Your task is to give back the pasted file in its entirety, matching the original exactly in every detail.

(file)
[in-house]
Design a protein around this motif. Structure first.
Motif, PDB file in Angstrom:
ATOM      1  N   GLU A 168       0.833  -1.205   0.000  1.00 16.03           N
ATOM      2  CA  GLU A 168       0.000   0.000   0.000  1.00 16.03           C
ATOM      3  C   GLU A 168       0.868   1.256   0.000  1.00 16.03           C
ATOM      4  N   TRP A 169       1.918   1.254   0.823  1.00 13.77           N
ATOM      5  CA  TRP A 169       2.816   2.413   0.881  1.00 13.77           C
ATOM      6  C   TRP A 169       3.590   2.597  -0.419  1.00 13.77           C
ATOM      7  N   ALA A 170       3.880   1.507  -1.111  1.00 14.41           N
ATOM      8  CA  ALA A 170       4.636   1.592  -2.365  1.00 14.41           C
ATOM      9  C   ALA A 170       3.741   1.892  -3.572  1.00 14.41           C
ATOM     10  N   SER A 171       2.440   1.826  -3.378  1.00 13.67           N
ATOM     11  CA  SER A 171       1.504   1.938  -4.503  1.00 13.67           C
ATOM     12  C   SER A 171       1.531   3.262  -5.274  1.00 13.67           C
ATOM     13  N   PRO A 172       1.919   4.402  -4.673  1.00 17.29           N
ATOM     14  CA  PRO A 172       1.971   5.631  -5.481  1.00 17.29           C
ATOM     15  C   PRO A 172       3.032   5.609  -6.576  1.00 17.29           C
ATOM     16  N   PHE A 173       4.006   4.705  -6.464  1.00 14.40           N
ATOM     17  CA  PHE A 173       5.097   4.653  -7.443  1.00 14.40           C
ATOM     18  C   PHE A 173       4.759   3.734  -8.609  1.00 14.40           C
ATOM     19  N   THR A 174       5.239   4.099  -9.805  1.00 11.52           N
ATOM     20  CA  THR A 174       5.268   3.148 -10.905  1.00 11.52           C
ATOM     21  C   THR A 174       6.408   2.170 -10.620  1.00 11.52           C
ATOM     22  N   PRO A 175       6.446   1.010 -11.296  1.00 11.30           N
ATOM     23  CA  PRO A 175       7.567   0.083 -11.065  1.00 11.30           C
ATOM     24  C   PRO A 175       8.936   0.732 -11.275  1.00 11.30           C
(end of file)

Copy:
[in-house]
Design a protein around this motif. Structure first.
Motif, PDB file in Angstrom:
ATOM      1  N   GLU A 168       0.833  -1.205   0.000  1.00 16.03           N
ATOM      2  CA  GLU A 168       0.000   0.000   0.000  1.00 16.03           C
ATOM      3  C   GLU A 168       0.868   1.256   0.000  1.00 16.03           C
ATOM      4  N   TRP A 169       1.918   1.254   0.823  1.00 13.77           N
ATOM      5  CA  TRP A 169       2.816   2.413   0.881  1.00 13.77           C
ATOM      6  C   TRP A 169       3.590   2.597  -0.419  1.00 13.77           C
ATOM      7  N   ALA A 170       3.880   1.507  -1.111  1.00 14.41           N
ATOM      8  CA  ALA A 170       4.636   1.592  -2.365  1.00 14.41           C
ATOM      9  C   ALA A 170       3.741   1.892  -3.572  1.00 14.41           C
ATOM     10  N   SER A 171       2.440   1.826  -3.378  1.00 13.67           N
ATOM     11  CA  SER A 171       1.504   1.938  -4.503  1.00 13.67           C
ATOM     12  C   SER A 171       1.531   3.262  -5.274  1.00 13.67           C
ATOM     13  N   PRO A 172       1.919   4.402  -4.673  1.00 17.29           N
ATOM     14  CA  PRO A 172       1.971   5.631  -5.481  1.00 17.29           C
ATOM     15  C   PRO A 172       3.032   5.609  -6.576  1.00 17.29           C
ATOM     16  N   PHE A 173       4.006   4.705  -6.464  1.00 14.40           N
ATOM     17  CA  PHE A 173       5.097   4.653  -7.443  1.00 14.40           C
ATOM     18  C   PHE A 173       4.759   3.734  -8.609  1.00 14.40           C
ATOM     19  N   THR A 174       5.239   4.099  -9.805  1.00 11.52           N
ATOM     20  CA  THR A 174       5.268   3.148 -10.905  1.00 11.52           C
ATOM     21  C   THR A 174       6.408   2.170 -10.620  1.00 11.52           C
ATOM     22  N   PRO A 175       6.446   1.010 -11.296  1.00 11.30           N
ATOM     23  CA  PRO A 175       7.567   0.083 -11.065  1.00 11.30           C
ATOM     24  C   PRO A 175       8.936   0.732 -11.275  1.00 11.30           C